When Husserl declared the crisis of European sciences, philosophy and the humanities were forced to redefine themselves and seek new ways to learn about the world. This meant the beginning of phenomenology and hermeneutics. Nevertheless, looking back in history we find some earlier protests against the dictatorship of reason in the history of philosophy, especially in Italy and Spain. This paper will study the evolution of a different philosophical tradition within the history of Spanish literature. I will argue that the philosophical tradition in Spain is the predecessor of some of the later European traditions. Dating back to Baltasar Gracián (17th century) the philosophical tradition in Spain has evolved in close proximity with literature which has allowed it to become artistic and creative. I will rely on three examples from the Spanish history of literature (Baltasar Gracián, Diego de Torres Villarroel and Miguel de Unamuno) in my definition of a Spanish philosophical tradition which evolves as an artistic and imaginary discipline rather than as a rational one.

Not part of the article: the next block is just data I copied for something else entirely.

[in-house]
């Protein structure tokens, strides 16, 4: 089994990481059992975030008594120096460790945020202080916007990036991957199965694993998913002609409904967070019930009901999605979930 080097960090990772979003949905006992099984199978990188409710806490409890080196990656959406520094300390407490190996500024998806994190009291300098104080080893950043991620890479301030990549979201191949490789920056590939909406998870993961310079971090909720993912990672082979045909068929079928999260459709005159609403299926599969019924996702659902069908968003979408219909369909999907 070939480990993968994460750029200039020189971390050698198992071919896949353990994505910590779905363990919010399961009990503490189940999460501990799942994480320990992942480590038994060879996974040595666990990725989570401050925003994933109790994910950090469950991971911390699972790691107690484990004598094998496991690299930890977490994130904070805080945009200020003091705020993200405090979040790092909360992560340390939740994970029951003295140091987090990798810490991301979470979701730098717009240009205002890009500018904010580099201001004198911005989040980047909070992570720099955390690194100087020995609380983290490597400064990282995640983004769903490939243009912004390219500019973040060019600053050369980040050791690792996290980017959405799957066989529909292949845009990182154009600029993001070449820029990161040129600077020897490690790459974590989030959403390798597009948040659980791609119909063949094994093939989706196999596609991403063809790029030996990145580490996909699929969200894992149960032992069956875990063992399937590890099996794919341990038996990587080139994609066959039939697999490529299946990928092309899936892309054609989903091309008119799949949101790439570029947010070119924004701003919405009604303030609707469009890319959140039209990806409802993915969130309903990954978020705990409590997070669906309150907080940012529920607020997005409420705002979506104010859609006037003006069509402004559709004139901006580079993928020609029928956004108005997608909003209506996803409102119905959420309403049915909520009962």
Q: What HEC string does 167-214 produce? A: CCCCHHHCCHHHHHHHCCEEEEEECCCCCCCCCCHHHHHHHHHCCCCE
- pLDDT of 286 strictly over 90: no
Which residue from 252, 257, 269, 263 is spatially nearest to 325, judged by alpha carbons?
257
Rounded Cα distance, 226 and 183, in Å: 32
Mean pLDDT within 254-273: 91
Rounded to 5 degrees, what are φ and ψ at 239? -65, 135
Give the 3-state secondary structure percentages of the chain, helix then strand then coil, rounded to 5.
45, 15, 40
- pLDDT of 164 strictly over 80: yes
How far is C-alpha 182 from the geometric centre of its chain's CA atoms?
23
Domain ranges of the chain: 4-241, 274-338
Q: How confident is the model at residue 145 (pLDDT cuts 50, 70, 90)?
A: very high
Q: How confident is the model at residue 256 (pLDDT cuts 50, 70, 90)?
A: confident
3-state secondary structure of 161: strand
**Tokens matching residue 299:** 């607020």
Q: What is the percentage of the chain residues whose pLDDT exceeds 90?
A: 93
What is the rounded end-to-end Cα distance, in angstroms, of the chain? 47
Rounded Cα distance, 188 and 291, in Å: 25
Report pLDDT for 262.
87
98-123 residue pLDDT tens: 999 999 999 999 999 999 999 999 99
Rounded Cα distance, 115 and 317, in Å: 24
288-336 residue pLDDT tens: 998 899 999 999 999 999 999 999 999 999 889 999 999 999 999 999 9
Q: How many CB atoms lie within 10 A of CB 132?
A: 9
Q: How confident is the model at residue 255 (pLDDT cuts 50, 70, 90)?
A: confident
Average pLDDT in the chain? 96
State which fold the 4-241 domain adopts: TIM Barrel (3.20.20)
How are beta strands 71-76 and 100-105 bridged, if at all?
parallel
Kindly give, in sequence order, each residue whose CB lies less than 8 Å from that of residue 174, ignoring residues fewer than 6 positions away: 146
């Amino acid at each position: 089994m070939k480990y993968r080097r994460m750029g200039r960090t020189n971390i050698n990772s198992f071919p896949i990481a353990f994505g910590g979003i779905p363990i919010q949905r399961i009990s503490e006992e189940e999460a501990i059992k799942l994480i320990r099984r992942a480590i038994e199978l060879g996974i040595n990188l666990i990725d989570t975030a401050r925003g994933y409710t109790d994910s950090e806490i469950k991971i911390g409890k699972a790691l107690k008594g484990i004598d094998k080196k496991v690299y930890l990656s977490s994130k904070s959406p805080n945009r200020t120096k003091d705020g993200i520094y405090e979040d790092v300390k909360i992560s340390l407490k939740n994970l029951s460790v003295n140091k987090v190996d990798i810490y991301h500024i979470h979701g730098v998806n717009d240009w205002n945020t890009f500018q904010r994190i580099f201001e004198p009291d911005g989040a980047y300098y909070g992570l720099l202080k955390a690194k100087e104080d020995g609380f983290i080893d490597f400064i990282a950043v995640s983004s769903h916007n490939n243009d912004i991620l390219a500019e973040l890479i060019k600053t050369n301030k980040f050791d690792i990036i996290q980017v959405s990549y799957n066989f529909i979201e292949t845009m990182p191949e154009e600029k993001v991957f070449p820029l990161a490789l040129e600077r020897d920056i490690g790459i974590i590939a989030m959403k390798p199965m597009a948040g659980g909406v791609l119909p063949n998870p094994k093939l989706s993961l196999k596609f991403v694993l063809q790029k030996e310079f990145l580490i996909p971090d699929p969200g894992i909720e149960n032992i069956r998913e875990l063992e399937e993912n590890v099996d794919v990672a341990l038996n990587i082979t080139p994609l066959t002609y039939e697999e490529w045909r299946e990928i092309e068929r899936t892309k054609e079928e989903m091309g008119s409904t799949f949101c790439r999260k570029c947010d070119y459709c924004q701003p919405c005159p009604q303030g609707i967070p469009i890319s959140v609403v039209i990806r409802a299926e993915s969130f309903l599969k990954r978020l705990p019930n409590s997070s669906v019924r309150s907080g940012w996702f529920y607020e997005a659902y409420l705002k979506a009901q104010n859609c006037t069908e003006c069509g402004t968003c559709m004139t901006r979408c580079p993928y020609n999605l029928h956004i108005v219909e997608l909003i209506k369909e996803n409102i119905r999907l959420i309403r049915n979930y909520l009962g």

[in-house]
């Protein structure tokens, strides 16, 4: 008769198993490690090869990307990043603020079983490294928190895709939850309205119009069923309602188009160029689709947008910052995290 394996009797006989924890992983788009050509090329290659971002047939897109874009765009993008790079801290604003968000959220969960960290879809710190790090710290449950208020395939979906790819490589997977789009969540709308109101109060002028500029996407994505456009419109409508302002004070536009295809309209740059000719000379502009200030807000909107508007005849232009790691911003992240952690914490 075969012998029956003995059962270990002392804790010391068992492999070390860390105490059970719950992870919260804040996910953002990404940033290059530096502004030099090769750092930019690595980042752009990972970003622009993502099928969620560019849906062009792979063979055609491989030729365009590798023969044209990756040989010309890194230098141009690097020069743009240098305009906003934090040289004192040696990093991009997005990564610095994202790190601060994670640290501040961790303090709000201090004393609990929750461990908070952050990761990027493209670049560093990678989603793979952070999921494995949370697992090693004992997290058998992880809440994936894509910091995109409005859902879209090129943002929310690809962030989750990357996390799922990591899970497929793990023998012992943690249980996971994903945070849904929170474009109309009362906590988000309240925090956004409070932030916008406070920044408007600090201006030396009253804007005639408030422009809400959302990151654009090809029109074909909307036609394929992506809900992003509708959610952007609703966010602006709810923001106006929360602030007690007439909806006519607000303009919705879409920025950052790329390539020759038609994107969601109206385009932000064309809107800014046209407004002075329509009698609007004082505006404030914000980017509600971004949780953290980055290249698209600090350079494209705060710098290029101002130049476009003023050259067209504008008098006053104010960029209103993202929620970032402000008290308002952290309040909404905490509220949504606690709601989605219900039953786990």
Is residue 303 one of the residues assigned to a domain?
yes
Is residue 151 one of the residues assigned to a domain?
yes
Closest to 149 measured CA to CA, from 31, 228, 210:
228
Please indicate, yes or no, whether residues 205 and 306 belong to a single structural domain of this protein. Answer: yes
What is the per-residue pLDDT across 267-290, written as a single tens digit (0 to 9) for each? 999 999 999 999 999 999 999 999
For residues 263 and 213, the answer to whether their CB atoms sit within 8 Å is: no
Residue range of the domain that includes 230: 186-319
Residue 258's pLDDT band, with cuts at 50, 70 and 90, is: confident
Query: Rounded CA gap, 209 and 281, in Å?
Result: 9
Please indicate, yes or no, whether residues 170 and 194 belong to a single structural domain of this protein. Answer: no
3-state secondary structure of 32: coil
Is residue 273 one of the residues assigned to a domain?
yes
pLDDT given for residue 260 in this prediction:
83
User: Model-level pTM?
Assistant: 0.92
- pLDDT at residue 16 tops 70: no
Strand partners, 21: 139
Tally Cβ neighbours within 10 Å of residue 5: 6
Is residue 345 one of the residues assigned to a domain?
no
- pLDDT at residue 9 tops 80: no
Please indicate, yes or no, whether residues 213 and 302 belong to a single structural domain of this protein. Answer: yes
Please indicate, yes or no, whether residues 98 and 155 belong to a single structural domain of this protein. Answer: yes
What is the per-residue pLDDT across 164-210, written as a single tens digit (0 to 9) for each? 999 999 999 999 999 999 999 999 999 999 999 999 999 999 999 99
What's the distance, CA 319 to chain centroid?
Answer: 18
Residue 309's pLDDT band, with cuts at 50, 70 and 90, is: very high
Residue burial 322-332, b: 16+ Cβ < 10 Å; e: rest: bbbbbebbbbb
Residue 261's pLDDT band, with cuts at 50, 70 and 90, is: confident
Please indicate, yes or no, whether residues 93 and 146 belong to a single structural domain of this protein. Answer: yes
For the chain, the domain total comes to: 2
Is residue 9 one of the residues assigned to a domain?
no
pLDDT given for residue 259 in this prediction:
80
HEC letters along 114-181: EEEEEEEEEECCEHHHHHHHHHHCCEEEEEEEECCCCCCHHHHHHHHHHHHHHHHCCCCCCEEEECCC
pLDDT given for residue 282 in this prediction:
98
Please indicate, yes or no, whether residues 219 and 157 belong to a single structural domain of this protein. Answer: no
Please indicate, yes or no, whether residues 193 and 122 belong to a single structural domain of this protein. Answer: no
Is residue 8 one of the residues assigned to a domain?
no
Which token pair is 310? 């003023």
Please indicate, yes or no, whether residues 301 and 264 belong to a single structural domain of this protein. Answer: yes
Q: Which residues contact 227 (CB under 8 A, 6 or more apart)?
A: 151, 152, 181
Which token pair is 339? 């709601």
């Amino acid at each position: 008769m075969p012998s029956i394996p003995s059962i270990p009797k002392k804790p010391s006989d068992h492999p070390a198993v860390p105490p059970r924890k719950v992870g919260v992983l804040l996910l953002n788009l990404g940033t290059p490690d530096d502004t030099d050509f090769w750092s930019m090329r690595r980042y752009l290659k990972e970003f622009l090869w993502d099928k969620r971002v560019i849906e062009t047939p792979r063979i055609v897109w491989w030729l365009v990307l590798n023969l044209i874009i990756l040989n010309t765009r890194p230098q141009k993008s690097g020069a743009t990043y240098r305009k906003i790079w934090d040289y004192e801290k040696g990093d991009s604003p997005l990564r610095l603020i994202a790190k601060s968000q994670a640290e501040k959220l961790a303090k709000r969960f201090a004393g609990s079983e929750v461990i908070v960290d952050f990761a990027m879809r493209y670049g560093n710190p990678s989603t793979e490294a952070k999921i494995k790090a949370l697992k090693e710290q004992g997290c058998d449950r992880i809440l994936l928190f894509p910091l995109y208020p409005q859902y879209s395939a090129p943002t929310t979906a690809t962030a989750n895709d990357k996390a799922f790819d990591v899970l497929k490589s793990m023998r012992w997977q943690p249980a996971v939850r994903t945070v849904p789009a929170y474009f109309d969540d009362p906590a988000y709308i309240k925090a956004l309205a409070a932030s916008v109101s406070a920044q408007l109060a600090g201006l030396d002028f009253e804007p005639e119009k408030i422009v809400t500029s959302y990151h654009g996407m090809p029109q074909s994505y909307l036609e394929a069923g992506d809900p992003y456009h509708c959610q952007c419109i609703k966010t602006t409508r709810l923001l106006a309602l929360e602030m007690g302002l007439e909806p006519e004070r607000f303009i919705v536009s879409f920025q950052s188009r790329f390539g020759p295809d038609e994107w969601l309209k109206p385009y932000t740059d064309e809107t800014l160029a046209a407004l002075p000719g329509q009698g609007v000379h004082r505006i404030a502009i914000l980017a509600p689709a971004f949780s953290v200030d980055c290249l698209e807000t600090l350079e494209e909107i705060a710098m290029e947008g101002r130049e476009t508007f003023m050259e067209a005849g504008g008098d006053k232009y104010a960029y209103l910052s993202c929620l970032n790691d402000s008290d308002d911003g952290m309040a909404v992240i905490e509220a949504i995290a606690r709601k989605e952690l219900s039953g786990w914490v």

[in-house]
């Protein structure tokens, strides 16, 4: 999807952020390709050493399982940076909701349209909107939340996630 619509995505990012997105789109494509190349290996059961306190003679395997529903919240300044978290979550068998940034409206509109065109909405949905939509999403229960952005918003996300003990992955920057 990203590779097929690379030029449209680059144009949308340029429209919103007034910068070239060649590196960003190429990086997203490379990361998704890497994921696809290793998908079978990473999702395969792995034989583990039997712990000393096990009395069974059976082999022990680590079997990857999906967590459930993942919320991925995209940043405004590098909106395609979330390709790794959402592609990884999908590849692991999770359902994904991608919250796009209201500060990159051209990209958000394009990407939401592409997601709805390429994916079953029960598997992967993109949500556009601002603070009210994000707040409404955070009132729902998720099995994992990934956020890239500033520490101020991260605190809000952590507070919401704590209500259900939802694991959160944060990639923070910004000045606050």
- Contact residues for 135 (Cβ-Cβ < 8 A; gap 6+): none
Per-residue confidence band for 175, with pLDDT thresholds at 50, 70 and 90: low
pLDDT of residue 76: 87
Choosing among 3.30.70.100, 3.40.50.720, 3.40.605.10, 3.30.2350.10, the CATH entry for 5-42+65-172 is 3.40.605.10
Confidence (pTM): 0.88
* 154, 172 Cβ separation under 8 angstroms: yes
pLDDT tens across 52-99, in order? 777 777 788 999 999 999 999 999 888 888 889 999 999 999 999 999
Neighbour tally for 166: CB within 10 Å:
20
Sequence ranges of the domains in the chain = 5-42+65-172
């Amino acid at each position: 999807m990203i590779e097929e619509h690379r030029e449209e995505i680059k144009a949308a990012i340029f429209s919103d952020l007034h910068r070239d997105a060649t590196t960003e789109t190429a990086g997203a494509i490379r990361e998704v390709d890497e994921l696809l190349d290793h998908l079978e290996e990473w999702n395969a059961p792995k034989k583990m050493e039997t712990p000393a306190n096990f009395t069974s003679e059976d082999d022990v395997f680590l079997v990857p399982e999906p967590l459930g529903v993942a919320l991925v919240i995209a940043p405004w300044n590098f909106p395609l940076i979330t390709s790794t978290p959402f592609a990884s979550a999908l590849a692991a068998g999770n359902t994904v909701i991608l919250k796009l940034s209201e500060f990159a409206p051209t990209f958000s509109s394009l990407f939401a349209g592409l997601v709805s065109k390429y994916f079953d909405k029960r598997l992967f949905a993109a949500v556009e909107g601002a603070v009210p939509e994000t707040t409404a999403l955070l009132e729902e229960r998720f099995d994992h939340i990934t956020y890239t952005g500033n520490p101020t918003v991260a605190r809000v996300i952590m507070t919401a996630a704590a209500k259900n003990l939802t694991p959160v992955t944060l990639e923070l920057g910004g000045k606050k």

|Keywords:||Spanish Thinking, Literature, Hermeneutics, History of Philosophy|
Postdoctoral Fellow, Department of English, Germanic and Romance Studies, University of Copenhagen, Copenhagen, Denmark
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